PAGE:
As Colorado's craft spirits market began to boom, Smiley observed a noticeable gap. "They had a craft, local alcohol section and under whiskey, there would always be Stranahan's, vodka would be Spring44, rum would be Montanya, but then tequila would be Patron or some non-Colorado made craft brand," he says. "So for me it was a massive gap in the market that needed to be filled for a locally made tequila."
So Smiley opened the nation's first all-agave distillery. "I can't legally call our product tequila," he says of State 38's three varieties of agave spirits: clear Blanco, Reposado (aged in white oak barrels for two months), and the premium Anejo (aged for 12 months).
State 38 also makes vodka and gin. "We have the world's only agave-based gin and we have the world's only agave-based vodka," Smiley says. The gin is flavored with Colorado juniper berries hand-picked by Smiley and his family on the Western Slope.
The organic blue agave comes from a farm in Jalisco, Mexico. "It's a fair trade certified farm, which is a big deal for me," Smiley says. "It costs a lot extra to buy fair trade [agave], but it ensures that all the workers and the farm I buy from in Jalisco get paid a fair wage. That matters a lot to me and it matters a lot to my consumers."
The spirits aren't the only thing handcrafted at the distillery. Smiley also builds the stills -- and most everything else -- himself. "We have a new 250-gallon still I just finished building from an old milk pasteurization kettle from a farm in Chicago," Smiley says. "Everything that's built here, distillation, fermentation, and the entire tasting room, from laying the floors to the bar to cutting every square of the tin ceiling, I did myself." It's a true labor of love -- "and a lot of other emotions," he laughs.
Being the only all-agave distillery in the U.S. has garnered State 38 a lot of attention, but that will change with the release of two grain-based whiskeys on May 13. While Smiley plans to continue producing agave spirits, the skyrocketing cost of agave has cut deeply into his margins. "It was a tough choice to migrate away from agave, but at the end of the day, I need to make money," he says.
The new whiskeys, a small-batch bourbon and a Scottish peat-smoked variety, are fermented and distilled on grain, meaning the grain is left in the wort. "We not only ferment on the grain, which is rare, we also distill on the grain, which pretty much nobody does anymore," Smiley says. "You're going to get a lot of the original grain characteristics."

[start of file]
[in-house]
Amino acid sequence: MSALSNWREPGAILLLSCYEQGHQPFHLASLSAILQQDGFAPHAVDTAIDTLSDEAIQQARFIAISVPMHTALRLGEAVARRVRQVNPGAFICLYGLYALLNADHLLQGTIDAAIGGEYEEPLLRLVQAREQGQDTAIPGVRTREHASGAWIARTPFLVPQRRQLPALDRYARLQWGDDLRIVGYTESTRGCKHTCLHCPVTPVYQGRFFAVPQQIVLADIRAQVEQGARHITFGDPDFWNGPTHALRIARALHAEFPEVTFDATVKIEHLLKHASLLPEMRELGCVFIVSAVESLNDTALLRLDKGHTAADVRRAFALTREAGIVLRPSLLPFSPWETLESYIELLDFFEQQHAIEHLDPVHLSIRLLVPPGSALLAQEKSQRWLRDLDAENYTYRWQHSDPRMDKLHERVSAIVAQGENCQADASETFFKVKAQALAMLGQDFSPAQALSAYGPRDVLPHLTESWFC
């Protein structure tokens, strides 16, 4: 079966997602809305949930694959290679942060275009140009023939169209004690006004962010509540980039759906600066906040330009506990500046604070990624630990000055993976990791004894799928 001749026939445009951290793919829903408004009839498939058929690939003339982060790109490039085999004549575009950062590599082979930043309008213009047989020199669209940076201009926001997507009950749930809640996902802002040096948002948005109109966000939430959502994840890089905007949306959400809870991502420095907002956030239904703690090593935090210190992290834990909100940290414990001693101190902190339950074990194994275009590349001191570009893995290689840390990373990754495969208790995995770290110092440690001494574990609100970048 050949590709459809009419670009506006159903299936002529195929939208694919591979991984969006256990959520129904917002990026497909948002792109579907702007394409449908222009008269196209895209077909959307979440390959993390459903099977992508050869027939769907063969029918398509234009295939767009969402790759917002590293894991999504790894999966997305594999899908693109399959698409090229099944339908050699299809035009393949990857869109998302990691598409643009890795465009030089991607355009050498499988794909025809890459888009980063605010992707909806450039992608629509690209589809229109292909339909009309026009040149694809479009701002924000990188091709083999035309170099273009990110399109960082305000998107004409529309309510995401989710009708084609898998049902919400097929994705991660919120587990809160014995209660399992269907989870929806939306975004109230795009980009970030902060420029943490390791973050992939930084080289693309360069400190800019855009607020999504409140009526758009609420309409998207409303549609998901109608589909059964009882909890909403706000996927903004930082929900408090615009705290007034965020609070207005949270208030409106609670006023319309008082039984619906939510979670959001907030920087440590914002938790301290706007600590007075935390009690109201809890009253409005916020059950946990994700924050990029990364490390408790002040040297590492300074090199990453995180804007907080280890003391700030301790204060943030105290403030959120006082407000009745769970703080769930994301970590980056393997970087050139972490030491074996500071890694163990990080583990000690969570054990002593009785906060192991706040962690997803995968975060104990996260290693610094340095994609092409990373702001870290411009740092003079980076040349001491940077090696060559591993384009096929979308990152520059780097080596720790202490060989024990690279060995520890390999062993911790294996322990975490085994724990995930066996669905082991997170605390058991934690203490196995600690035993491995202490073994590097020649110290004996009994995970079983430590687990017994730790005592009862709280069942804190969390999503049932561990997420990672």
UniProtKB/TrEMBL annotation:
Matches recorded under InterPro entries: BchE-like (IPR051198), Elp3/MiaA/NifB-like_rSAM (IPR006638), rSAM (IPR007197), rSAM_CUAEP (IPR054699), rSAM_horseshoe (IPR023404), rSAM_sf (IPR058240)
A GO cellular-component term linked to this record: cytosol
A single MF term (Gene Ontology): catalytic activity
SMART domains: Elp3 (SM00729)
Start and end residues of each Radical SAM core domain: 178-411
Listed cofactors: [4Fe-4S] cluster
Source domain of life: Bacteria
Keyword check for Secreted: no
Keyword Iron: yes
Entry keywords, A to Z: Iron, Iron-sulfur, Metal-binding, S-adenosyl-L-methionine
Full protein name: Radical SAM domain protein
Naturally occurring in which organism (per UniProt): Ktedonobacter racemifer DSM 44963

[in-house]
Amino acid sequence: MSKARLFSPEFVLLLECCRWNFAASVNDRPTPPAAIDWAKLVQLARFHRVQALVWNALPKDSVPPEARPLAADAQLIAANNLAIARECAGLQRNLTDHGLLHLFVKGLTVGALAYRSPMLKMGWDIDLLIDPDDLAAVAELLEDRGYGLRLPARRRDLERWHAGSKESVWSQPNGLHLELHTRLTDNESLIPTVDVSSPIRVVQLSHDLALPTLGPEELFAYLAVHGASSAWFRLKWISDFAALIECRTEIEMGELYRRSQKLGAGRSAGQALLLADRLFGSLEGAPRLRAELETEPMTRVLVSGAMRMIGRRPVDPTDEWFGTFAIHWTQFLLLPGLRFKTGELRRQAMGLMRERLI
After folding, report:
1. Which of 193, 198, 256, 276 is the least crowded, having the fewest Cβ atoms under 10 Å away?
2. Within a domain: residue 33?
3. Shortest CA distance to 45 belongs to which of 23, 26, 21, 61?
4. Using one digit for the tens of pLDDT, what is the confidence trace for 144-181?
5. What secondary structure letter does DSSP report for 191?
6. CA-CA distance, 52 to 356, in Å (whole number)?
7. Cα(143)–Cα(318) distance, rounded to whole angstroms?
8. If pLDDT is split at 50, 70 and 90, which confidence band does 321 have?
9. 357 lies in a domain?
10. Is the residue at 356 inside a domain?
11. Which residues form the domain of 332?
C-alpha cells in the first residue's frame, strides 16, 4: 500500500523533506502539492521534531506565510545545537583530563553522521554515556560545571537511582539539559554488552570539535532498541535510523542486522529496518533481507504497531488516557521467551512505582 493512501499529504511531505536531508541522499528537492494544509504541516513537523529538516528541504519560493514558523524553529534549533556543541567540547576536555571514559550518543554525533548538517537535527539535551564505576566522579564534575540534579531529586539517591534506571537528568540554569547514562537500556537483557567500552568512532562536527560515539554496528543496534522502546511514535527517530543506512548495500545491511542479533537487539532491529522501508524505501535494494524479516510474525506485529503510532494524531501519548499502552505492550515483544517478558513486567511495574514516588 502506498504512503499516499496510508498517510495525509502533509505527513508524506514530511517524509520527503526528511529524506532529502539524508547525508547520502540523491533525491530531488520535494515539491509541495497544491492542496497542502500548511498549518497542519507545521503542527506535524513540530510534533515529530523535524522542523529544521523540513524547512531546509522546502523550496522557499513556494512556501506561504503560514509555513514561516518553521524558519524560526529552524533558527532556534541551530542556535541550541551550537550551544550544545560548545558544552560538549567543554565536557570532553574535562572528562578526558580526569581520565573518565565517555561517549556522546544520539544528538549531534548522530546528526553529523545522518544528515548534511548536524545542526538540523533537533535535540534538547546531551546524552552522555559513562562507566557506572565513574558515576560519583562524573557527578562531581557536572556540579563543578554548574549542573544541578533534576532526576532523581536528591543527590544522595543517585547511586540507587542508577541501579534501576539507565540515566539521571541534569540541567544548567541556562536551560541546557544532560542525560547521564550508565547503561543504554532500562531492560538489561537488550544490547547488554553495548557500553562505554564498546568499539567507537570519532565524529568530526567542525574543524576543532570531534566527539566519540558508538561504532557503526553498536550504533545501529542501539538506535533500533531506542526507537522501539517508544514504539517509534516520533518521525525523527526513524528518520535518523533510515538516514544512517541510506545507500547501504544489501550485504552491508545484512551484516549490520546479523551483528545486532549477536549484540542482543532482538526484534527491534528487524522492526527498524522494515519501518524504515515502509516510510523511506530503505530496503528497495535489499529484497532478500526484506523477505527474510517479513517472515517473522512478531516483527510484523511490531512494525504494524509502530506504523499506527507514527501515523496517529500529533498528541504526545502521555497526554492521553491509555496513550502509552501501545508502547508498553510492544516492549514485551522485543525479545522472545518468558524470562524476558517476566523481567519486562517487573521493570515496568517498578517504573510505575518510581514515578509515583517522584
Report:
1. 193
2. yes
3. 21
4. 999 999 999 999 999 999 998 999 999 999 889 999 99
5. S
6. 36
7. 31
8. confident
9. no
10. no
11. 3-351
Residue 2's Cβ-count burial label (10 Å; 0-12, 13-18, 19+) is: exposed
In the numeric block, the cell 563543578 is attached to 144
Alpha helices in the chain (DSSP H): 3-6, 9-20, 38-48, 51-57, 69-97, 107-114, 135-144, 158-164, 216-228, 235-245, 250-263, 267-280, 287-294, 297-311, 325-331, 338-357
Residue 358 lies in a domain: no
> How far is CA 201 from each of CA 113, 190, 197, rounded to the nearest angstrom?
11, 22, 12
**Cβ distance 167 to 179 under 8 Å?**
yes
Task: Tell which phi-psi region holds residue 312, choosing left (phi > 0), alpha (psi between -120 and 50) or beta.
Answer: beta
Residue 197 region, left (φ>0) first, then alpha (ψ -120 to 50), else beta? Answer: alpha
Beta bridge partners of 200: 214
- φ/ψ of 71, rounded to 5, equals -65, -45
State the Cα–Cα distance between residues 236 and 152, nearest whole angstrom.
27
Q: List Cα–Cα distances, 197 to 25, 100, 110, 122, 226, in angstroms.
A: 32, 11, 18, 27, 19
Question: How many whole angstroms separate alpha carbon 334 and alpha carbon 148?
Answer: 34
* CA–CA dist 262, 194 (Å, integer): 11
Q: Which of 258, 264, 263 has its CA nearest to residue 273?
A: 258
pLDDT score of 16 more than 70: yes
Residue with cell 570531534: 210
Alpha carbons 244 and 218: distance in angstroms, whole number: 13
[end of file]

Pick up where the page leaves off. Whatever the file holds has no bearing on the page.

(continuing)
Another unique selling point: State 38's whiskeys are mellowed to the music of Pink Floyd. "I'm such a Floyd fanatic," Smiley says. "It's the most phenomenal music I ever heard in my life. There's so much meaning behind the story and the words. The rhythm is like the pulse of your heart. I've got a big subwoofer and we've got these big speakers. After hours, we just crank that puppy up with Pink Floyd."
Challenges: Production. Despite the new 250-gallon still, State 38 struggles to keep up with demand. "Every week, there's a product that we run out of," Smiley says. "We just can't keep up with it." The ever rising cost of agave is another challenge.
Another challenge: the potential ballot initiative for the November election would allow grocery stores to sell full-strength beer and eventually wine and spirits. Many craft brewers and distillers, including Smiley, are wary of the initiative. A small startup can't produce the volume of product required to get on the shelves of a large grocery chain, he says. "We really want it to not pass because the small liquor stores, we really care about them, they help sell our product and have helped get us in the market."
Opportunities: Distribution beyond Colorado's borders. With his spirits currently at over 500 locations in Colorado, Smiley has been approached by out-of-state distributors. "I'd love to get into Texas and California at some point, but those are big markets," he says. "I'm already not keeping up with demand right now."
Needs: Staff and storage space. While State 38 is currently seeking more space to store barrels, Smiley recently hired two new employees. "I'm finding it's a little bit easier," He says. "There are people who are really interested in the industry, who've seen the boom in the industry, and want to be a part of it."